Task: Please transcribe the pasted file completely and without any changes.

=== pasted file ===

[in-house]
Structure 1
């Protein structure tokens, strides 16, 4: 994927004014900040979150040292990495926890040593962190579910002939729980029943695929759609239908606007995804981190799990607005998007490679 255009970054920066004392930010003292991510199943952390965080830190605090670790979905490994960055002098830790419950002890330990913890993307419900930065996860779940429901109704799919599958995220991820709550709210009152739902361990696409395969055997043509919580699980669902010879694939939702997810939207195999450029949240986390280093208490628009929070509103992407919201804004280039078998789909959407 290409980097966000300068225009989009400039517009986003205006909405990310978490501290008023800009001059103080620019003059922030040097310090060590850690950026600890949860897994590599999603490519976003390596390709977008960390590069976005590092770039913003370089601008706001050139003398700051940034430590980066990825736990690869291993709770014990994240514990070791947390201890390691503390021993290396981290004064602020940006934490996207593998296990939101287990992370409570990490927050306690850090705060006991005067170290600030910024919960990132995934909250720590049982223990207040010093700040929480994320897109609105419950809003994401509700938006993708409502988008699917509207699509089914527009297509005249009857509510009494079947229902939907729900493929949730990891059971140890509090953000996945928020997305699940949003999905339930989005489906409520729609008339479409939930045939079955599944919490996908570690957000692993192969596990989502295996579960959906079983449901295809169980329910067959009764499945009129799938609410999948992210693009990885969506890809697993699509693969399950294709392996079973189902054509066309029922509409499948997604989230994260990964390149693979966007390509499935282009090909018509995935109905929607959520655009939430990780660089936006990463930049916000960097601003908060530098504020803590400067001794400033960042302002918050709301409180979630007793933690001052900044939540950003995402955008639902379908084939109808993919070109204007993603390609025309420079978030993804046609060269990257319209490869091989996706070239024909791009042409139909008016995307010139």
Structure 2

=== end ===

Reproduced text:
[in-house]
Structure 1
């Protein structure tokens, strides 16, 4: 994927004014900040979150040292990495926890040593962190579910002939729980029943695929759609239908606007995804981190799990607005998007490679 255009970054920066004392930010003292991510199943952390965080830190605090670790979905490994960055002098830790419950002890330990913890993307419900930065996860779940429901109704799919599958995220991820709550709210009152739902361990696409395969055997043509919580699980669902010879694939939702997810939207195999450029949240986390280093208490628009929070509103992407919201804004280039078998789909959407 290409980097966000300068225009989009400039517009986003205006909405990310978490501290008023800009001059103080620019003059922030040097310090060590850690950026600890949860897994590599999603490519976003390596390709977008960390590069976005590092770039913003370089601008706001050139003398700051940034430590980066990825736990690869291993709770014990994240514990070791947390201890390691503390021993290396981290004064602020940006934490996207593998296990939101287990992370409570990490927050306690850090705060006991005067170290600030910024919960990132995934909250720590049982223990207040010093700040929480994320897109609105419950809003994401509700938006993708409502988008699917509207699509089914527009297509005249009857509510009494079947229902939907729900493929949730990891059971140890509090953000996945928020997305699940949003999905339930989005489906409520729609008339479409939930045939079955599944919490996908570690957000692993192969596990989502295996579960959906079983449901295809169980329910067959009764499945009129799938609410999948992210693009990885969506890809697993699509693969399950294709392996079973189902054509066309029922509409499948997604989230994260990964390149693979966007390509499935282009090909018509995935109905929607959520655009939430990780660089936006990463930049916000960097601003908060530098504020803590400067001794400033960042302002918050709301409180979630007793933690001052900044939540950003995402955008639902379908084939109808993919070109204007993603390609025309420079978030993804046609060269990257319209490869091989996706070239024909791009042409139909008016995307010139």
Structure 2